Australia’s first nanotechnology public “dialogue” accused of industry bias

\Australia’sFriends of the Earth on August 5 accused the Queensland government of unacceptable industry bias in its handling of Australia’s first ever attempt to involve members of the public in development of nanotechnology policy recommendations. Of the many members of the “Nanodialogues”, initiated this week, there is no other representation from nanotechnology stakeholders who have been critical, eg environment, health, civil liberties, social justice groups, unions, or ethicists.

nano artist impression

Friends of the Earth today accused the Queensland government of unacceptable industry bias in its handling of Australia’s first ever attempt to involve members of the public in development of nanotechnology policy recommendations.

The Queensland “Nanodialogues”, initiated this week, involves 12 members of the public in “dialogue” with 8 nanotechnology scientists – some of them employed by industry groups with a financial interest in the outcomes of the “dialogue”. One social scientist has been invited to participate, but there is no other representation from nanotechnology stakeholders who have been critical, eg environment, health, civil liberties, social justice groups, unions, or ethicists.

“It is completely unacceptable that Queensland’s “Nanodialogues” are intentionally excluding from the “dialogue” all the nanotechnology stakeholders who could have a critical point of view,” said Friends of the Earth Nanotechnology Project spokesperson Georgia Miller.

“It is appalling that industry figures who have a financial interest in the outcomes of the “Nanodialogues” are invited into a closed door “dialogue” with members of the public, while at the same time nanotechnology critics are excluded. Yet the outcomes of this biased “dialogue” are slated to inform and influence Queensland’s nanotechnology policy development”.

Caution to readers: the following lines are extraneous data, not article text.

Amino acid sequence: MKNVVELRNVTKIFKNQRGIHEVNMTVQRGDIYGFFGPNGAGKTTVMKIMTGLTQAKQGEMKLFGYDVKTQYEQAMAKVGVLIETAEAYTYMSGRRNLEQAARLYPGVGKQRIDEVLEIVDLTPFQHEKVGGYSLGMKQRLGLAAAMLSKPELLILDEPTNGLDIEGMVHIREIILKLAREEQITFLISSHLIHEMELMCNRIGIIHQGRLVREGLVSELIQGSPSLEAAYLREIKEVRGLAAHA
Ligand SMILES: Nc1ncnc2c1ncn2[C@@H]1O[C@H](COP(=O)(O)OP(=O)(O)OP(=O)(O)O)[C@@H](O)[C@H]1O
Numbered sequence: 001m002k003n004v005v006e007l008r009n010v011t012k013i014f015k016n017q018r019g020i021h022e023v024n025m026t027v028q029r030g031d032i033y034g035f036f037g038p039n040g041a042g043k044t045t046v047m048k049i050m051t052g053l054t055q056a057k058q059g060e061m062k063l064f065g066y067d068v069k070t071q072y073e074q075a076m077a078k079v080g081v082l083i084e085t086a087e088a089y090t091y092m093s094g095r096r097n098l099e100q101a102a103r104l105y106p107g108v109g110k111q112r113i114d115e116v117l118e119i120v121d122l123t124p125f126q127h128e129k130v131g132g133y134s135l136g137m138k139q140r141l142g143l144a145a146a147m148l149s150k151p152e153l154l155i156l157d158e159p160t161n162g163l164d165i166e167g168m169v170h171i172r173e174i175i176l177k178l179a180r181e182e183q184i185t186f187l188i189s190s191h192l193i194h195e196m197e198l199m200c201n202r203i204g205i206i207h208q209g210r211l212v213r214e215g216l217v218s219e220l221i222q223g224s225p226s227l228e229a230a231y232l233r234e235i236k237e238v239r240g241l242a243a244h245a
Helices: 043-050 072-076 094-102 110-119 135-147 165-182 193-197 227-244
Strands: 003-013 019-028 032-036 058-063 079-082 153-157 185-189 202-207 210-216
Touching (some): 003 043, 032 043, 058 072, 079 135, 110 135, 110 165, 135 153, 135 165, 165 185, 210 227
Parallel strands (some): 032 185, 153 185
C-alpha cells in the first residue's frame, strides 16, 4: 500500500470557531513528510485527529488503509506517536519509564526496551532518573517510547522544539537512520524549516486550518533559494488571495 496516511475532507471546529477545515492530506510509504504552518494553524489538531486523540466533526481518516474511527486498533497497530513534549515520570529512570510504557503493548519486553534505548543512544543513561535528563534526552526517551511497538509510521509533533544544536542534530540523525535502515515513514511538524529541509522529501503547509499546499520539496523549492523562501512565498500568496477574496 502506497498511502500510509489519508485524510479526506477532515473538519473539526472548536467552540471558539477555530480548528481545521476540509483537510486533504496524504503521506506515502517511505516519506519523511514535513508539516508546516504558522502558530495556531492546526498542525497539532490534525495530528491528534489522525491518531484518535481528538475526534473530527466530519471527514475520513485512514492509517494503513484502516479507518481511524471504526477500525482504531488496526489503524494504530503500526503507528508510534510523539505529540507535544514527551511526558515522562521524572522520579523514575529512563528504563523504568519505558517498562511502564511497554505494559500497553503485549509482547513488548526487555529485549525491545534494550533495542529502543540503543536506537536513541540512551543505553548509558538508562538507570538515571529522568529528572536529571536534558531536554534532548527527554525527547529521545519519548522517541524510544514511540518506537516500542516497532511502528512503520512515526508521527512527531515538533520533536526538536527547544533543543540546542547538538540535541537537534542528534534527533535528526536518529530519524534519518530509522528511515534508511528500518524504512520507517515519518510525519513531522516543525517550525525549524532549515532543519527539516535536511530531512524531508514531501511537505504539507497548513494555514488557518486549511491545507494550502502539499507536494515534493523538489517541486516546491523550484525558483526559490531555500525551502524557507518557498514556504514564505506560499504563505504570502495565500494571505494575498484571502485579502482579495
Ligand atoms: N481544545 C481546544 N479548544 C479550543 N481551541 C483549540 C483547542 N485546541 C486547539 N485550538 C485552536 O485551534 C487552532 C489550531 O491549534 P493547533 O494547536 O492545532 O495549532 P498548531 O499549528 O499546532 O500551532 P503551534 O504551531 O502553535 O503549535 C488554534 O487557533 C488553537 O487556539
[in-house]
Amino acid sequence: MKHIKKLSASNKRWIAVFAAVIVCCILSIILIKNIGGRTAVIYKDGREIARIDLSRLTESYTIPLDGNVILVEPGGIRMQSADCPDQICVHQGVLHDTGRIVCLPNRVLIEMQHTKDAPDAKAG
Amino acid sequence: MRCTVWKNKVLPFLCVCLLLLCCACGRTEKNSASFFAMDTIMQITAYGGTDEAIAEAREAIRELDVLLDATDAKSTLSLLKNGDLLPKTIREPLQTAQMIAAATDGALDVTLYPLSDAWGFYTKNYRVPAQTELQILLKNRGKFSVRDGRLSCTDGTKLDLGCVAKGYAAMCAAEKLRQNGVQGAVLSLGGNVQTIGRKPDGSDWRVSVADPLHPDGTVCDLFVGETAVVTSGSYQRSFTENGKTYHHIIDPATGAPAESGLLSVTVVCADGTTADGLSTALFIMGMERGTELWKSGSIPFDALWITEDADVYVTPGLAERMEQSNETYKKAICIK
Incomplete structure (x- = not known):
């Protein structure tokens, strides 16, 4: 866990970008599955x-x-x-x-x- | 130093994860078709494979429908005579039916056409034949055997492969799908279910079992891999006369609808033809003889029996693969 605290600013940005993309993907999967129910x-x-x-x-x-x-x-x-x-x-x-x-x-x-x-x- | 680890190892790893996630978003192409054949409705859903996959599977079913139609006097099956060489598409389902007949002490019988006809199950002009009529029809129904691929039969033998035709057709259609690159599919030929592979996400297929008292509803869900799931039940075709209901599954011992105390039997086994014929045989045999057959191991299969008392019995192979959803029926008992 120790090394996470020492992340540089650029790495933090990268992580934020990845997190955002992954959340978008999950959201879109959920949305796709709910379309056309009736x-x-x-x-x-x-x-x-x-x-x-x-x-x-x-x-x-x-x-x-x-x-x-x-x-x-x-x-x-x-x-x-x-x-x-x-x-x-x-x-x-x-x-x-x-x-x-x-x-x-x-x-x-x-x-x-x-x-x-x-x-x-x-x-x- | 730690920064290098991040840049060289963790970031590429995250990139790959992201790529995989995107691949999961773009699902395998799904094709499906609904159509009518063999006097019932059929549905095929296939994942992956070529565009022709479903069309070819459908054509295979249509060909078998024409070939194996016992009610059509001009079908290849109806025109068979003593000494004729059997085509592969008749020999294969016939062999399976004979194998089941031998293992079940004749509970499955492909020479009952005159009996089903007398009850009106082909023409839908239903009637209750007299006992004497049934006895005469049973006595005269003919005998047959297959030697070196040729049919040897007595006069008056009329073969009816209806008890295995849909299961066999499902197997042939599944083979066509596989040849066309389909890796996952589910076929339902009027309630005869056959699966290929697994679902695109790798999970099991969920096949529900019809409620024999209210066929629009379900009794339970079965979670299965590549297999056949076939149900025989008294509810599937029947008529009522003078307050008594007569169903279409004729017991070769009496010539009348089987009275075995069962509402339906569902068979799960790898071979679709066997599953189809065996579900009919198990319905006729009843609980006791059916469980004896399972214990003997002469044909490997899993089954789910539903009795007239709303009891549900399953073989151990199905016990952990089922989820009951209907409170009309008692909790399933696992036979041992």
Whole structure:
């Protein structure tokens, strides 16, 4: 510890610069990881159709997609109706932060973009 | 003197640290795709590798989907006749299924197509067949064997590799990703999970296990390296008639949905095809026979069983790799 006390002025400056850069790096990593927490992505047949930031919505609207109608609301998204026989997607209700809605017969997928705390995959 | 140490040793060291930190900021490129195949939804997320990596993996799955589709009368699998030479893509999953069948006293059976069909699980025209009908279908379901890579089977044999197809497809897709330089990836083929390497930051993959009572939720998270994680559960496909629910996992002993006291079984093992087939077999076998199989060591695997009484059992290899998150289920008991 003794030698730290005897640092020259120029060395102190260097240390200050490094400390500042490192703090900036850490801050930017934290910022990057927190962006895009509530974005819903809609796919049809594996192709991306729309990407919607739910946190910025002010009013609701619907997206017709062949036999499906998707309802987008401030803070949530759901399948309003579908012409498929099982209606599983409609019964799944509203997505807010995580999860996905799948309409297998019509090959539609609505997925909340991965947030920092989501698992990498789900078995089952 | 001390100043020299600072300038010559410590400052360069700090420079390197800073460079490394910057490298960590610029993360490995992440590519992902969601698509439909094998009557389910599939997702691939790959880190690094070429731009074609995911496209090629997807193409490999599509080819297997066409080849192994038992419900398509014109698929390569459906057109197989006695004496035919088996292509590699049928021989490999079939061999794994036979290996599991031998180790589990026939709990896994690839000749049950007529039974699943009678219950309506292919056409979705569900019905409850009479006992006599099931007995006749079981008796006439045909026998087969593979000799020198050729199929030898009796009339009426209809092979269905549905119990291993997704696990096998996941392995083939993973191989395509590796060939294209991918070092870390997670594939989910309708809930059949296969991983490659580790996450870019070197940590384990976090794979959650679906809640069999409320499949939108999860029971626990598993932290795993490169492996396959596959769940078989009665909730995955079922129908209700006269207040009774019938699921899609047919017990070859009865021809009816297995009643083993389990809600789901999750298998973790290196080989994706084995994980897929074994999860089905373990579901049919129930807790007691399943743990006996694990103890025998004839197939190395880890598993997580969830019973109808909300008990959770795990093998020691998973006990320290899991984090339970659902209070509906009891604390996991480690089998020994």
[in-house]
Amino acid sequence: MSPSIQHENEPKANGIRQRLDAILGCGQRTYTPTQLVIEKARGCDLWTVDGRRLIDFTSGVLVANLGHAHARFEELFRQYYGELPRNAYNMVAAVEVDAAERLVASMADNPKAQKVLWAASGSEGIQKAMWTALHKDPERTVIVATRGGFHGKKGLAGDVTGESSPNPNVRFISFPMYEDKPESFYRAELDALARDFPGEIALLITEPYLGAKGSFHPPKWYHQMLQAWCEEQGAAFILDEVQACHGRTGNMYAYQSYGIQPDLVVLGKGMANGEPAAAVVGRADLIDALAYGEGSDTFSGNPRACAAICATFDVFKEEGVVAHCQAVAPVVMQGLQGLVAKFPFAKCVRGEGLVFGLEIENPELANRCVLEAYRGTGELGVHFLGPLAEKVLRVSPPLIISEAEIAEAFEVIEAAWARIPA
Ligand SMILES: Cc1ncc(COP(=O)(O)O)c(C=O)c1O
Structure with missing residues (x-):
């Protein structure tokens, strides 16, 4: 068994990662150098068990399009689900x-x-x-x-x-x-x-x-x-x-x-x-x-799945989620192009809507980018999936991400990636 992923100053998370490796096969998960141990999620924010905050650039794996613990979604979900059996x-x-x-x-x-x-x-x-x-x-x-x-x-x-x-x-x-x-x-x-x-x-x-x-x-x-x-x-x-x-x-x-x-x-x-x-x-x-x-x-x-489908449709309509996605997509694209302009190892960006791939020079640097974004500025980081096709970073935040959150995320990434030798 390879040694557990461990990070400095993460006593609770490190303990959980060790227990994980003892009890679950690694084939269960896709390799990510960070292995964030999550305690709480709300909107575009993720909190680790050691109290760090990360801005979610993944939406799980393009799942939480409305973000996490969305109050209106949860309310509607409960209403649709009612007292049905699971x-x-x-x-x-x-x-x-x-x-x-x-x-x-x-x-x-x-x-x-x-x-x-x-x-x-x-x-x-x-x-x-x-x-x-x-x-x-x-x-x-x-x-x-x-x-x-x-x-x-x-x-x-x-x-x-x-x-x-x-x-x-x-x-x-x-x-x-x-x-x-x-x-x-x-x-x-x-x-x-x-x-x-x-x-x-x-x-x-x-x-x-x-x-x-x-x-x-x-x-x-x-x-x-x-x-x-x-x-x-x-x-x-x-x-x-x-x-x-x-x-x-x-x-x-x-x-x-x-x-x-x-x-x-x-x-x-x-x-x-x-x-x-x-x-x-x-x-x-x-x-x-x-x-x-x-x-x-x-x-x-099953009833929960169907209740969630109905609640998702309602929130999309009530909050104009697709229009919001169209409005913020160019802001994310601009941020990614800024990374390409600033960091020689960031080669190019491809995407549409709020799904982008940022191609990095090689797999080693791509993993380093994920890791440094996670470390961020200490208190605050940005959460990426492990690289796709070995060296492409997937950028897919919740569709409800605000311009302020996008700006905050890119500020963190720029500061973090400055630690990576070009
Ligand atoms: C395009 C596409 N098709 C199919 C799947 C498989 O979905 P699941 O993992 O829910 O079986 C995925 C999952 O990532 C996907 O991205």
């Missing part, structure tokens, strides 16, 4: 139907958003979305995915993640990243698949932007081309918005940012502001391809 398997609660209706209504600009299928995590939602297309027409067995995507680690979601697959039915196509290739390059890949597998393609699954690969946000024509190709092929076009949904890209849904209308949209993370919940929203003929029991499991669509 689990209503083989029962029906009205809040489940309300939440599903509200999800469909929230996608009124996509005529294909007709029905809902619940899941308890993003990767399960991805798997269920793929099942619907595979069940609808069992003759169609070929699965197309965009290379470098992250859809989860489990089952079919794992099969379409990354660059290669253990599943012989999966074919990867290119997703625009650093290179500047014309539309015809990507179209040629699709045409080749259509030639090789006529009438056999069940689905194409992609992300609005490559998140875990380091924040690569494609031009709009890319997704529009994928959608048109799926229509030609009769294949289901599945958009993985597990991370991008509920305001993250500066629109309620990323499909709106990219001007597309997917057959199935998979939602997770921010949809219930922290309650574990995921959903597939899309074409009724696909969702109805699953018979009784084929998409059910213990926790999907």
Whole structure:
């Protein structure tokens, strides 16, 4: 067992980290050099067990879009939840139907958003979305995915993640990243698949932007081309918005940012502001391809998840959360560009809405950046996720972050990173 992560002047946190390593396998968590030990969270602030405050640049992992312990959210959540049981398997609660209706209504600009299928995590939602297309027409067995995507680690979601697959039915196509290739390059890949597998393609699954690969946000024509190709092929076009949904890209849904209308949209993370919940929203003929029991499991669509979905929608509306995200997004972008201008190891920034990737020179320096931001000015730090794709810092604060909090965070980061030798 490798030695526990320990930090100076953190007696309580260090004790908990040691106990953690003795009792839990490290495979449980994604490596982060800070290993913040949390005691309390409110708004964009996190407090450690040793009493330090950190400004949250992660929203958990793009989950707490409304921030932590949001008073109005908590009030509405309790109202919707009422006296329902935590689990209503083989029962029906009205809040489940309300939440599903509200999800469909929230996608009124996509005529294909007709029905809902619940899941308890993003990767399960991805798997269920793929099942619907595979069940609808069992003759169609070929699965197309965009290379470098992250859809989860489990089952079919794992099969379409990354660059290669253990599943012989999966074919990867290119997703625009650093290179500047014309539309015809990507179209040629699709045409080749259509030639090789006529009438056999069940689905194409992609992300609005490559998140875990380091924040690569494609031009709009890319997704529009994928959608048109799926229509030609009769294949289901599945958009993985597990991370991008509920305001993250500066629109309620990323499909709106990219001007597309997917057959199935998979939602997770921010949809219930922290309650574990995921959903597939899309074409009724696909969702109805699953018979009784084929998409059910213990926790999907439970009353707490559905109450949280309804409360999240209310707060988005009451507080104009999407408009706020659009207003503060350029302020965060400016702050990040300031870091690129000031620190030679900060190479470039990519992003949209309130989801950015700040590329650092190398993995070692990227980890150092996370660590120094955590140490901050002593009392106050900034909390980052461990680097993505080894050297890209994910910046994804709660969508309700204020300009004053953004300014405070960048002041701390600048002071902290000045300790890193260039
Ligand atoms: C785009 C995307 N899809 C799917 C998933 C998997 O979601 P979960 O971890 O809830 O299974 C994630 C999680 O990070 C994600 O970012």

“How does the Queensland government expect “Nanodialogues” participants to develop informed recommendations for nanotechnology research funding and policy priorities when they are presented with only one, heavily pro-nanotechnology, point of view?”

“Nanotechnology industry representatives are unlikely to draw “Nanodialogues” participants’ attention to recent findings that carbon nanotubes present similar health risks to asbestos. Industry representatives are similarly unlikely to tell participants about calls from some of the world’s poorest people for a moratorium on nanotechnology in food and agriculture, because of their concern it will further threaten their food security”.

“In contrast to the Queensland “Nanodialogues”, the UK “Nanodialogues” after which this program was named had equal industry and NGO representation. The Queensland “Nanodialogues” are simply a sham and a public relations exercise. This is not a “dialogue”, just a free ride for nanotechnology promoters to shore up support for their industry.”

“Friends of the Earth is a big supporter of public participation informing nanotechnology policy development. But this is a clear example of how not to do it,” said Ms Miller.

 

Note: The project is overseen by a reference group which includes two NGOs. However reference group members will not be permitted to interact with “Nanodialogues” participants. Furthermore, because the two participating NGOs are not engaged in nanotechnology work, they are likely to have limited knowledge of nanotechnology issues. Despite running Australia’s only dedicated NGO campaign on nanotechnology since 2005 and having a Queensland branch, Friends of the Earth was not invited to participate.

 

For further comment: Georgia Miller 0437 979 402